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The Most Important Thing You Can Do to Fight Climate Change: Talk About It by Katharine Hayhoe

Katharine Hayhoe

Katharine Hayhoe is an atmospheric scientist and professor of political science at Texas Tech University.

Here is the full text of Katharine’s TED Talk titled “The Most Important Thing You Can Do to Fight Climate Change: Talk About It.”


Katharine Hayhoe – TED Talk TRANSCRIPT

It was my first year as an atmospheric science professor at Texas Tech University. We had just moved to Lubbock, Texas, which had recently been named the second most conservative city in the entire United States.

A colleague asked me to guest teach his undergraduate geology class. I said, “Sure.”

But when I showed up, the lecture hall was cavernous and dark. As I tracked the history of the carbon cycle through geologic time to present day, most of the students were slumped over, dozing or looking at their phones. I ended my talk with a hopeful request for any questions.

And one hand shot up right away. I looked encouraging, he stood up, and in a loud voice, he said, “You’re a democrat, aren’t you?”

“No,” I said, “I’m Canadian.”

That was my baptism by fire into what has now become a sad fact of life here in the United States and increasingly across Canada as well. The fact that the number one predictor of whether we agree that climate is changing, humans are responsible and the impacts are increasingly serious and even dangerous, has nothing to do with how much we know about science or even how smart we are but simply where we fall on the political spectrum.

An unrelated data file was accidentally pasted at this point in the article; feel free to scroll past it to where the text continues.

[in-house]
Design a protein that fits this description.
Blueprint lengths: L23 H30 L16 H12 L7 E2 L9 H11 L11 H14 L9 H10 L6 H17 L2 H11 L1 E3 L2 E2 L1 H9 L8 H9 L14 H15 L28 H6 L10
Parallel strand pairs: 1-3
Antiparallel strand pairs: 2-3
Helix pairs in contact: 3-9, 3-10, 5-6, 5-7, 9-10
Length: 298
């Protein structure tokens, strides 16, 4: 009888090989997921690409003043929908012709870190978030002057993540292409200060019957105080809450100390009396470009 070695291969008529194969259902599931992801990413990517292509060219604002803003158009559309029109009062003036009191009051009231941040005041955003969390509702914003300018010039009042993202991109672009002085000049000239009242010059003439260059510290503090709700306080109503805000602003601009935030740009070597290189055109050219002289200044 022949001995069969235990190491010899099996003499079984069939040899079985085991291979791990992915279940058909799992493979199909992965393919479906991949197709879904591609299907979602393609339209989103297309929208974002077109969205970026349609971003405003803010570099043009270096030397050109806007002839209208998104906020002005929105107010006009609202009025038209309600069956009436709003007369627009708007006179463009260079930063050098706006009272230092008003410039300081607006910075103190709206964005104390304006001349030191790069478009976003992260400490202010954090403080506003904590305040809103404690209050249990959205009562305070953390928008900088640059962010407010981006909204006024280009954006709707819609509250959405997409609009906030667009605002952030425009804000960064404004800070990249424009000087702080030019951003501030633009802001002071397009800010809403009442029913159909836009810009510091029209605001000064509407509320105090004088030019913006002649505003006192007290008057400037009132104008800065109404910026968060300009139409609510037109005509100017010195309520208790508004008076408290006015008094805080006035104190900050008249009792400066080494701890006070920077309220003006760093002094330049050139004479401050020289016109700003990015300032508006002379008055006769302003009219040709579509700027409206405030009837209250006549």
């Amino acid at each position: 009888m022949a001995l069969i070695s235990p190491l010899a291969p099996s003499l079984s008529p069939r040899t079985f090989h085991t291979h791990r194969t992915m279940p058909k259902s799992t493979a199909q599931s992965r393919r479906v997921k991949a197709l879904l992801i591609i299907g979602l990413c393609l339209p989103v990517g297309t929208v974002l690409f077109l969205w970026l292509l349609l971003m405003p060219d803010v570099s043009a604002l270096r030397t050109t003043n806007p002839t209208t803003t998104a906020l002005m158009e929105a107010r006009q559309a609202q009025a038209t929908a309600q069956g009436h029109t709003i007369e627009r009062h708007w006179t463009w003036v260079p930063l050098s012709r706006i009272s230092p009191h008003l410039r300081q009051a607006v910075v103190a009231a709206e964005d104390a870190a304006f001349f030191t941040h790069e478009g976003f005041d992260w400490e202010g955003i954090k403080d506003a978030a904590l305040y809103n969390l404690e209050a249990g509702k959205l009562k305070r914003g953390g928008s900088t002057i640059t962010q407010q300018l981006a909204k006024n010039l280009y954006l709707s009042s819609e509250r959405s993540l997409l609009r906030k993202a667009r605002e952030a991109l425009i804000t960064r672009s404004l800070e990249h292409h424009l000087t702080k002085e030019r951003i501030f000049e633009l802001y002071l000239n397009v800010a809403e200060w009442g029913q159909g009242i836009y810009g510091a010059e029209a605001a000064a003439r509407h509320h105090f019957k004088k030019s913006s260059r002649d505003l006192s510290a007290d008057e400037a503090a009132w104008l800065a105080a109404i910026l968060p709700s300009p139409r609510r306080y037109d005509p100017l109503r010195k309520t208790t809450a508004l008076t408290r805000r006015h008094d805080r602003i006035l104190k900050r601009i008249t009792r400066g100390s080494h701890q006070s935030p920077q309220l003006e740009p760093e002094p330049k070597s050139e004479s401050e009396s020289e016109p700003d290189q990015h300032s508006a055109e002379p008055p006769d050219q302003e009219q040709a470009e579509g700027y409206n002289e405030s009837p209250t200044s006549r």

Does the thermometer give us a different answer depending on if we’re liberal or conservative? Of course not.

But if that thermometer tells us that the planet is warming, that humans are responsible and that to fix this thing, we have to wean ourselves off fossil fuels as soon as possible — well, some people would rather cut off their arm than give the government any further excuse to disrupt their comfortable lives and tell them what to do.

But saying, “Yes, it’s a real problem, but I don’t want to fix it,” that makes us the bad guy, and nobody wants to be the bad guy. So instead, we use arguments like, “It’s just a natural cycle.” “It’s the sun.” Or my favorite, “Those climate scientists are just in it for the money.”

I get that at least once a week. But these are just sciencey-sounding smoke screens, that are designed to hide the real reason for our objections, which have nothing to do with the science and everything to do with our ideology and our identity.